.- Archbishop Emmanuel Milingo, who was excommunicated Tuesday, said he does not accept his excommunication and will continue his campaign to persuade the Vatican to allow married priests. The 76-year-old archbishop married a Korean acupuncturist in 2001.
"We do not accept this excommunication and lovingly return it to His Holiness, our beloved Pope Benedict XVI, to . . . withdraw it and join us in recalling married priests to service once again," said excommunicated Archbishop Emmanuel Milingo in a written statement read for him at a news conference at Imani Temple in Northeast Washington.
According to the Washington Post, the retired archbishop of Lusaka, Zambia, was at the news conference, surrounded by the four men he illicitly installed as bishops Sunday. The four, who were also excommunicated and who will not be recognized as bishops by the Vatican, include George Augustus Stallings of Washington, Patrick Trujillo of New Jersey, Peter Paul Brennan of New York and Joseph Gouthro of Nevada.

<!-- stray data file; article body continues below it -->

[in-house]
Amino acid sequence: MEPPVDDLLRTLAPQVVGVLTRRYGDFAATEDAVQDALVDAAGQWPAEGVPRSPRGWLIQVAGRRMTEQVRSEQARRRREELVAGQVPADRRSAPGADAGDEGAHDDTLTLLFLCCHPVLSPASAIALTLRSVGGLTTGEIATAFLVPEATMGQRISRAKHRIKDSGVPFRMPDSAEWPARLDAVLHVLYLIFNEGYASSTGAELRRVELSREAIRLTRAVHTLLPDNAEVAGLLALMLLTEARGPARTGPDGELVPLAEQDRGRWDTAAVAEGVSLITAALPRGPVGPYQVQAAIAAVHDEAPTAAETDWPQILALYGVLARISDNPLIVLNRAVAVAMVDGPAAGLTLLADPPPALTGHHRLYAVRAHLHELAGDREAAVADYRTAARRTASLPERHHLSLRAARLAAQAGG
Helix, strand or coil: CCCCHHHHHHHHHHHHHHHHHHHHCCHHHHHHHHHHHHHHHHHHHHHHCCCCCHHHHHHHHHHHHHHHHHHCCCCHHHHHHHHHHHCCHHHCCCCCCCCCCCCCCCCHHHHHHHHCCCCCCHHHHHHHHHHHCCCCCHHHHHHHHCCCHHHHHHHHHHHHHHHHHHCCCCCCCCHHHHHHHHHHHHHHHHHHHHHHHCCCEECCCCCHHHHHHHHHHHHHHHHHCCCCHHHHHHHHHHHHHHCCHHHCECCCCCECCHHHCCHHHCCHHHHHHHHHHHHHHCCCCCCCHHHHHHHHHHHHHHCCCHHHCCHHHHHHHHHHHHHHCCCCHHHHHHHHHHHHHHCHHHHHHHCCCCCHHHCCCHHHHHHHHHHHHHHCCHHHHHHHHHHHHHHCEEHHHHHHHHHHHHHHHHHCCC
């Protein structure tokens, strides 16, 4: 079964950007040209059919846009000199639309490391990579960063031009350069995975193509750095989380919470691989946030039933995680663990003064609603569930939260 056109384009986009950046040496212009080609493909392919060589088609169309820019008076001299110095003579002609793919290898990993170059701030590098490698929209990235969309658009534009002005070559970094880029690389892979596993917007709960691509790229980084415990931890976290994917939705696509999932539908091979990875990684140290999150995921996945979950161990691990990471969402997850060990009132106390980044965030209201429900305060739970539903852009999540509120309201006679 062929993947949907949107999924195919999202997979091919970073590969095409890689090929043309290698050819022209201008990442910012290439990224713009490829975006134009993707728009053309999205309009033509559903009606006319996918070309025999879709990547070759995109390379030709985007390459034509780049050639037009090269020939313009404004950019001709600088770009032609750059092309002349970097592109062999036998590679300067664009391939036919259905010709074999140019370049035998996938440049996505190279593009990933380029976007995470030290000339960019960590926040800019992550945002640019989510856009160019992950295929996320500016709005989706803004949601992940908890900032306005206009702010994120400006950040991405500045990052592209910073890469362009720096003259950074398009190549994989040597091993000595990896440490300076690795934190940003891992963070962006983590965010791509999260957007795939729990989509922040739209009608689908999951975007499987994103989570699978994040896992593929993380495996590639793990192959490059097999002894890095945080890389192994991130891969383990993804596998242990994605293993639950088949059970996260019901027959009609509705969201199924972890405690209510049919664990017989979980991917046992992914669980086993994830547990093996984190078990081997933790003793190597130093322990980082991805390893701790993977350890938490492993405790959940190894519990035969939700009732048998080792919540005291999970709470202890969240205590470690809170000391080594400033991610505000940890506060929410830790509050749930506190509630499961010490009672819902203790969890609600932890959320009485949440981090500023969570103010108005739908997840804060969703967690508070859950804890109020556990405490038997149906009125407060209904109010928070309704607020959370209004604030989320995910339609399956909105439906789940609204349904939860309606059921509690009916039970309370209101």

The statement also claimed that 25,000 married priests in the United States could help the Catholic Church with its clergy shortage if it would lift "the medieval church-imposed regulation" requiring celibacy.
The Vatican this week released a statement acknowledging the excommunication of the men. According to Canon Law, the five excommunicated themselves by their actions - the statement from the Vatican served as a public recognition of the consequences of the illicit ordination.
Excommunication bars the archbishop and the four others from presiding at public worship or administering the sacraments.
The Rev. Robert Kaslyn, who teaches canon law at Catholic University, told the Post that Milingo has already demonstrated his break from the Church, despite what he says. “It's very easy to say you're in communion with the Catholic Church, and yet if you're not recognized by other bishops," that relationship is not real, Kaslyn said. "Communion is a two-way street."
Washington Archdiocese spokeswoman Susan Gibbs noted again that the ordinations are illicit and said that the archdiocese will continue to “pray for his reconciliation."
Milingo, who resides in Washington with his wife, recently started an organization called Married Priests Now!